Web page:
‘Young Sheldon’ Is Ending. So Is Its Idea of Science Versus Religion.

For seven seasons, the show has offered a clichéd (and nostalgic) vision of how atheists and believers relate to each other.

My mom was the one who told me to watch The Big Bang Theory. It was a show about nerds—and I was a nerd. She thought I’d enjoy it. A friend had already mentioned that the main character, Sheldon Cooper, was “exactly like” me. After I watched the show, at Mom’s encouragement, I joked that I had mixed feelings about the comparison.

The Big Bang Theory was extremely popular and not just with my mom; at its height, it averaged 20 million viewers a night. But it never really resonated with actual dweebs. Its audience was largely Gen X women—not people who were Sheldon but people who “knew a Sheldon,” not the geeks themselves but their mothers and friends.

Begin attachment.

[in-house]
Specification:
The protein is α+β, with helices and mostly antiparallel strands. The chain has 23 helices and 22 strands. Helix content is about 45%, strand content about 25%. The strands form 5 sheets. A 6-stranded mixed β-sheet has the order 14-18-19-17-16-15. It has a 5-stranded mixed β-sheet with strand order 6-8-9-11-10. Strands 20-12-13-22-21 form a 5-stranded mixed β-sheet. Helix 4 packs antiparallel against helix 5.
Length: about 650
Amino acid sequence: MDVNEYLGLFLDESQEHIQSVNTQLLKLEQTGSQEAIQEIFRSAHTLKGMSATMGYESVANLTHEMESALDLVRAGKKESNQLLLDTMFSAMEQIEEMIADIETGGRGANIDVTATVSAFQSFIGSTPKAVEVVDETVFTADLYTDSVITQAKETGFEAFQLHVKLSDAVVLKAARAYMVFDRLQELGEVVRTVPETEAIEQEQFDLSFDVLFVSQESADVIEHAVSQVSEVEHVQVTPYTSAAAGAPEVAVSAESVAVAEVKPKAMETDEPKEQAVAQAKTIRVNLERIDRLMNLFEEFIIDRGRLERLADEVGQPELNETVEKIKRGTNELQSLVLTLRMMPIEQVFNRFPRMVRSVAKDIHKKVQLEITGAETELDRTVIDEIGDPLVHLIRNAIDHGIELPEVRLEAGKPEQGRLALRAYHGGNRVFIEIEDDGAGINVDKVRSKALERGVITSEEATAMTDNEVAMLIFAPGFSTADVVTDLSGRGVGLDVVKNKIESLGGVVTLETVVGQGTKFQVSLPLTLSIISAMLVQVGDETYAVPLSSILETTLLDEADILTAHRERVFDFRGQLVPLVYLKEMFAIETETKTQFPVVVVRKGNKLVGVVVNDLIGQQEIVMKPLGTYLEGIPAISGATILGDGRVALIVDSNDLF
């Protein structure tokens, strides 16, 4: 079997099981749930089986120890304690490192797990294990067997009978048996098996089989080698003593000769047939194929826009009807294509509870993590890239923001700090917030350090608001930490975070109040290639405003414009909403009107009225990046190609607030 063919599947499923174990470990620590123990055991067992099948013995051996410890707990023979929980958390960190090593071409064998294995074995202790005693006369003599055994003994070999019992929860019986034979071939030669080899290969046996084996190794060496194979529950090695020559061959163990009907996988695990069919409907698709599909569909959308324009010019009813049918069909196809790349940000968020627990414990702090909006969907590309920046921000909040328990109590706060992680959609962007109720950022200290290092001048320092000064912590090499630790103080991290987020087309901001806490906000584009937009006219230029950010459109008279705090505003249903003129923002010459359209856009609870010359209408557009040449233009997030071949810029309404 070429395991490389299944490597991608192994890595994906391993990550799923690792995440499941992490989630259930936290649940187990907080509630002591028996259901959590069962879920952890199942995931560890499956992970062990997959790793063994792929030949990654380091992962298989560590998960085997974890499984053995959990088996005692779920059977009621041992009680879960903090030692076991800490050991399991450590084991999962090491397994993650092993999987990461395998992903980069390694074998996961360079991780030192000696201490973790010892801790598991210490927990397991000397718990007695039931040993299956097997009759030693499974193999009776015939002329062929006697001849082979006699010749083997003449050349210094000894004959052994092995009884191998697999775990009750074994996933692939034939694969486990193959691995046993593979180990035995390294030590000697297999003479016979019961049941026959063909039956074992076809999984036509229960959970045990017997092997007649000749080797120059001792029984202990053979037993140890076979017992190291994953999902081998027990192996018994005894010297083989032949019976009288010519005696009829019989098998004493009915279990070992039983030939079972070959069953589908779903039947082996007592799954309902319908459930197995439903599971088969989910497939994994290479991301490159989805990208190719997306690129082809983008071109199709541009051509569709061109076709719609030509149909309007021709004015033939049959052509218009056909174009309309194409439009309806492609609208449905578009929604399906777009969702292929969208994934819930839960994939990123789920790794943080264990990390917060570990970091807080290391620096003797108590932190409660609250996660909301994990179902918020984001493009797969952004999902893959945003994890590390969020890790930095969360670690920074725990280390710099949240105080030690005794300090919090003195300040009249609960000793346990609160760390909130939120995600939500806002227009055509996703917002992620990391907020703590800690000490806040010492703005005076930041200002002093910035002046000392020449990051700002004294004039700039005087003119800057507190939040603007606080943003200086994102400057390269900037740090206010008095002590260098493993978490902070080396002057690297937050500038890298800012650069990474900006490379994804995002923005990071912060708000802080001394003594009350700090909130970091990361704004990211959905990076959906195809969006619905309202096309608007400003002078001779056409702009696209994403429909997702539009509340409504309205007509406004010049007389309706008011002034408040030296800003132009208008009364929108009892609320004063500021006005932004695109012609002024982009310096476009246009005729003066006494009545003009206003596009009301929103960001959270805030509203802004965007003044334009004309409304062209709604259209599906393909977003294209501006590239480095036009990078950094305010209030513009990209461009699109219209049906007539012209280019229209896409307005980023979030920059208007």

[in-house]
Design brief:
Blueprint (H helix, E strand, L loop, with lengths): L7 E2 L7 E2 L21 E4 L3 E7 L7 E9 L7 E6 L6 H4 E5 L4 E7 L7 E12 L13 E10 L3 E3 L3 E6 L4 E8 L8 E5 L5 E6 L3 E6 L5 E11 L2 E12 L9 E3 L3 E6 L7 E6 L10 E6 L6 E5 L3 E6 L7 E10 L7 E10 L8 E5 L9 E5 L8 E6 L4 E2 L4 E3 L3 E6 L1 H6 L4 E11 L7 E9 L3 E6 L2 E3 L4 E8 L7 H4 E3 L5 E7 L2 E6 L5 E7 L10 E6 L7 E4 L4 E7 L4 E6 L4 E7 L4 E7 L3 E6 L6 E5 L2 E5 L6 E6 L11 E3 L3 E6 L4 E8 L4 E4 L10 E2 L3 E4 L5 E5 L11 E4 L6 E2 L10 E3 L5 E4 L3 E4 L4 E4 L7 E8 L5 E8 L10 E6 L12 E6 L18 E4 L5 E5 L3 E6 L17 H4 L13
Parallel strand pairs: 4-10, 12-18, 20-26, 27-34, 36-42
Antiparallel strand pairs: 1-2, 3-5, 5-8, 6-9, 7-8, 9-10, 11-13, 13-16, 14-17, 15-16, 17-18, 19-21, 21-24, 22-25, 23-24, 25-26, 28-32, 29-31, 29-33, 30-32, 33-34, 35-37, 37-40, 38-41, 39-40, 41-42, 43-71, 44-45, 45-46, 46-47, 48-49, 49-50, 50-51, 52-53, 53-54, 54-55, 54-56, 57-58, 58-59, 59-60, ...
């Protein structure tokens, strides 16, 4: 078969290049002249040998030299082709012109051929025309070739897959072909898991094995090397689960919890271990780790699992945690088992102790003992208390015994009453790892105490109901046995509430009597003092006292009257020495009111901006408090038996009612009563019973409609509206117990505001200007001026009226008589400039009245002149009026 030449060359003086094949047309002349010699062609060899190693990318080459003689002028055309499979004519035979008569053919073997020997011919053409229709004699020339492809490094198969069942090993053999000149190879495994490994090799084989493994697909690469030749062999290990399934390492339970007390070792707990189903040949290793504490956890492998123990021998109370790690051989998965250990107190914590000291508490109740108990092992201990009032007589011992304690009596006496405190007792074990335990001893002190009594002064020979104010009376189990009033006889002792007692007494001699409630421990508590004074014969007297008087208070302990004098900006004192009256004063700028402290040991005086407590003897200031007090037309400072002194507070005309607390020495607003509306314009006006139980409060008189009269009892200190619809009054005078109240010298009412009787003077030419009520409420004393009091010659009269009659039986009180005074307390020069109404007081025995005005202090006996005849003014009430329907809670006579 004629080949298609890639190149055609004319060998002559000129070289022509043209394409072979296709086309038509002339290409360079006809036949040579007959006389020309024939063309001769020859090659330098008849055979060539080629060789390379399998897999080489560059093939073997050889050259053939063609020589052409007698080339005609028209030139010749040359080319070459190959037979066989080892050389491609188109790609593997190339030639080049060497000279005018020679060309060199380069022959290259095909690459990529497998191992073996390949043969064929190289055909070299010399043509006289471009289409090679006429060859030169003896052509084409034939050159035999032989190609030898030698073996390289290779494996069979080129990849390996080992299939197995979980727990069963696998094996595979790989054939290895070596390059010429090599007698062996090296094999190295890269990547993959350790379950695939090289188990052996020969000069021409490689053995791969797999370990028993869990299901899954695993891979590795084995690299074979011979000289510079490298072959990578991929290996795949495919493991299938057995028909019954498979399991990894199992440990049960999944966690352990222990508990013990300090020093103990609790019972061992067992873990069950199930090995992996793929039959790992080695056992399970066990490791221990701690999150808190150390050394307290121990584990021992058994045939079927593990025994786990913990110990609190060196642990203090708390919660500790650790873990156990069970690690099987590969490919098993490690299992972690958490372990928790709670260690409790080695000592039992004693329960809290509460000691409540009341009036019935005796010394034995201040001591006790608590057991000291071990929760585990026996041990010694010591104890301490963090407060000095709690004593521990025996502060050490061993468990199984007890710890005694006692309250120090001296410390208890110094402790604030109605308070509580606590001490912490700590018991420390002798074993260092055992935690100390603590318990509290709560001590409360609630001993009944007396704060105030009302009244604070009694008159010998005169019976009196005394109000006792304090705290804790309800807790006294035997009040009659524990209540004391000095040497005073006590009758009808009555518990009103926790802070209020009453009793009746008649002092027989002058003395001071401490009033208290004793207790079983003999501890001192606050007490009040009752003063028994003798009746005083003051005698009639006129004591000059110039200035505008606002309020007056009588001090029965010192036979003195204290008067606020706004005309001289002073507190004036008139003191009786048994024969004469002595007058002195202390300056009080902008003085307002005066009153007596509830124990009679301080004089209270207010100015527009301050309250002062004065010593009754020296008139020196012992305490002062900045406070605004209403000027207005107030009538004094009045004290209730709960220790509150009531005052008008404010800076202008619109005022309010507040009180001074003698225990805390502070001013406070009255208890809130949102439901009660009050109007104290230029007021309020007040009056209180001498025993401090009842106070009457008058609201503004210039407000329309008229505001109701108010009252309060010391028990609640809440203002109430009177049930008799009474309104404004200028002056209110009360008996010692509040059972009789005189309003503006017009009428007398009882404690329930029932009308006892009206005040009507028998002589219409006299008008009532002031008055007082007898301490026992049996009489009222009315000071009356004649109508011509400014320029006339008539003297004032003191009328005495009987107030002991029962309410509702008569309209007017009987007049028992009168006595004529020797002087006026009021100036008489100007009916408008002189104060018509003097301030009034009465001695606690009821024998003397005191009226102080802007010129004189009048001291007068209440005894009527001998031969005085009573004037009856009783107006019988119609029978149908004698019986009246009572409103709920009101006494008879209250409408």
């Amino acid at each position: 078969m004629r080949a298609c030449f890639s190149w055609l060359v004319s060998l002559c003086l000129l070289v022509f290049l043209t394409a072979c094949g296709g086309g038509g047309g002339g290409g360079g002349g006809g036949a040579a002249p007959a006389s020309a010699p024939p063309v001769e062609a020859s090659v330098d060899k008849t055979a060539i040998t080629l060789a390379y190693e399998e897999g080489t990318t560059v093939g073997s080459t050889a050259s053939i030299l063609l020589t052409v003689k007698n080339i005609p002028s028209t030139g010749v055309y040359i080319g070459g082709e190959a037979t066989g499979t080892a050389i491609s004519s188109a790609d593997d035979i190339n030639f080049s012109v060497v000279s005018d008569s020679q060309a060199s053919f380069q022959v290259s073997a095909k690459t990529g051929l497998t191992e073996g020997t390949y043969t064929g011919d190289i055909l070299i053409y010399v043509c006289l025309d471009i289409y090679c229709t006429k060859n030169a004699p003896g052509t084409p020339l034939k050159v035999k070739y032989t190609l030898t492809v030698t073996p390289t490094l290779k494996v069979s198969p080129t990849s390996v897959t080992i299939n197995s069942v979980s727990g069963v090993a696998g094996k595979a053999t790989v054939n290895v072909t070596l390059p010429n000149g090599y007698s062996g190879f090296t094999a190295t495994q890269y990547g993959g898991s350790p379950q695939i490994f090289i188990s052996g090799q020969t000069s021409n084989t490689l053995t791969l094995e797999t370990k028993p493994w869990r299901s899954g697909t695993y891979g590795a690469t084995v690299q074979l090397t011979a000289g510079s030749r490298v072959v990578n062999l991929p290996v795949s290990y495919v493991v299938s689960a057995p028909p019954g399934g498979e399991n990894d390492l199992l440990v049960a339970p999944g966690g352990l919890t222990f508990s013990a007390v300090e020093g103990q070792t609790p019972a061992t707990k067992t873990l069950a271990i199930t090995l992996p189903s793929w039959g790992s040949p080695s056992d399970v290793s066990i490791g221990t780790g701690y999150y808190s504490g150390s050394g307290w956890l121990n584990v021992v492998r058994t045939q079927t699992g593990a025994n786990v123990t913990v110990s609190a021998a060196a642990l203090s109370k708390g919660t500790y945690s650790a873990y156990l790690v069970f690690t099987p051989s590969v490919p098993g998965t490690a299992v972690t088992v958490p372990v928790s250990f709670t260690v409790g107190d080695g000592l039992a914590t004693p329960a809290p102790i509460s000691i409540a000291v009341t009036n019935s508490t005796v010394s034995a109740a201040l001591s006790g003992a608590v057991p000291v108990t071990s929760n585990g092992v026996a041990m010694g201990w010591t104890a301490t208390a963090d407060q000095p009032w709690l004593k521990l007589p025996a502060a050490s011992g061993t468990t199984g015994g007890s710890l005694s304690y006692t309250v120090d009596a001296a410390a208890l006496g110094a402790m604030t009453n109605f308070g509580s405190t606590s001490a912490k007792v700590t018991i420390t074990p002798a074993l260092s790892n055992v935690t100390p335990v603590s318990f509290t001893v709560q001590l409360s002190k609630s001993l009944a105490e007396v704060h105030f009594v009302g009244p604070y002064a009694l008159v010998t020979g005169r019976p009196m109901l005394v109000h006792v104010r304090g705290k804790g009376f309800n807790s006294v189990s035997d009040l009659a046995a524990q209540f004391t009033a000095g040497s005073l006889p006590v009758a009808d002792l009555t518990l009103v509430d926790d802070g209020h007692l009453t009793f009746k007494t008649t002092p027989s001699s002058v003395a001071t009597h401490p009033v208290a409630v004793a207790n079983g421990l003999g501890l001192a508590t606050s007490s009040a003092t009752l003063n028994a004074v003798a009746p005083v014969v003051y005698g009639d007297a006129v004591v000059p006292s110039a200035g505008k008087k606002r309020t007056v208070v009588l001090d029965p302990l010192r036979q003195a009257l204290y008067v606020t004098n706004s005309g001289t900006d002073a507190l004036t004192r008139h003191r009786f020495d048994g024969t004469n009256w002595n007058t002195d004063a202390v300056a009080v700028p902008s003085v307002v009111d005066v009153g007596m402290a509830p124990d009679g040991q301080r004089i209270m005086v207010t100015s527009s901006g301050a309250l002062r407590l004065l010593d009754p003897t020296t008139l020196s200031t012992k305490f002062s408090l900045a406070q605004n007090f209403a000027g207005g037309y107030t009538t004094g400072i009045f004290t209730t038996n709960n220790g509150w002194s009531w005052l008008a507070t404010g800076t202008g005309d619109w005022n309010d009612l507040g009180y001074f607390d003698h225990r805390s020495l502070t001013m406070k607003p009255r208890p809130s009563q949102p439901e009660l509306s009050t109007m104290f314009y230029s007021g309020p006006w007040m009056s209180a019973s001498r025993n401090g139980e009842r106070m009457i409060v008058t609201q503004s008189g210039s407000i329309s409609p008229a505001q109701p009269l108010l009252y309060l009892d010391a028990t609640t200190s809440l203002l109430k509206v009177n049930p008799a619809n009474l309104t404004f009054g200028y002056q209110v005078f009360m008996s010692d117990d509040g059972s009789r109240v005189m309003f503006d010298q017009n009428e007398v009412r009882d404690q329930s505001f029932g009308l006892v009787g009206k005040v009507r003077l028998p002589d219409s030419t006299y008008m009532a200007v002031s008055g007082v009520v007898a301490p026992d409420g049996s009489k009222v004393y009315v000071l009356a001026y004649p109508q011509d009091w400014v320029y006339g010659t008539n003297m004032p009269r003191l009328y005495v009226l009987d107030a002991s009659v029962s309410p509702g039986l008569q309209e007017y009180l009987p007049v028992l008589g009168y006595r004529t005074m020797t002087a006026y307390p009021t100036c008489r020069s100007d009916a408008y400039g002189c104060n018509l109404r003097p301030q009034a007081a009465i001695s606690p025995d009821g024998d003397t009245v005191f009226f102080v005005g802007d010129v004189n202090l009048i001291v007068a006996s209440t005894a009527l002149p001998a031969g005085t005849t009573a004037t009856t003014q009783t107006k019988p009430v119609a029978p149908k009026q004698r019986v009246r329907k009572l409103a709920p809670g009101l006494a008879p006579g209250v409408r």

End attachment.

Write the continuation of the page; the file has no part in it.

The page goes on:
It’s fitting, then, that the even-more-popular Big Bang spinoff would be Young Sheldon, a prequel about the title character’s childhood in East Texas—and that Sheldon’s relationship with his mom, Mary, would be at the heart of the show. Young Sheldon sits at the top of the prime-time rankings; one recent week, the show (which streams on Netflix, Max, and Paramount+) topped all streamed content across US household televisions.

As Young Sheldon comes to an end (its series finale airs May 16; a spinoff starring two breakout characters—Georgie and Mandy—has already been announced), so too does the onscreen dynamic between Sheldon and Mary. So too does a nostalgic vision for how the “science vs. religion” debate plays out in our families.

Mary is Sheldon’s opposite in nearly every way. He’s a logical atheist physicist with no people skills; Mary is a warm, folksy conservative Christian. In many ways, she serves as an audience surrogate. (For what it’s worth, Mary was my …

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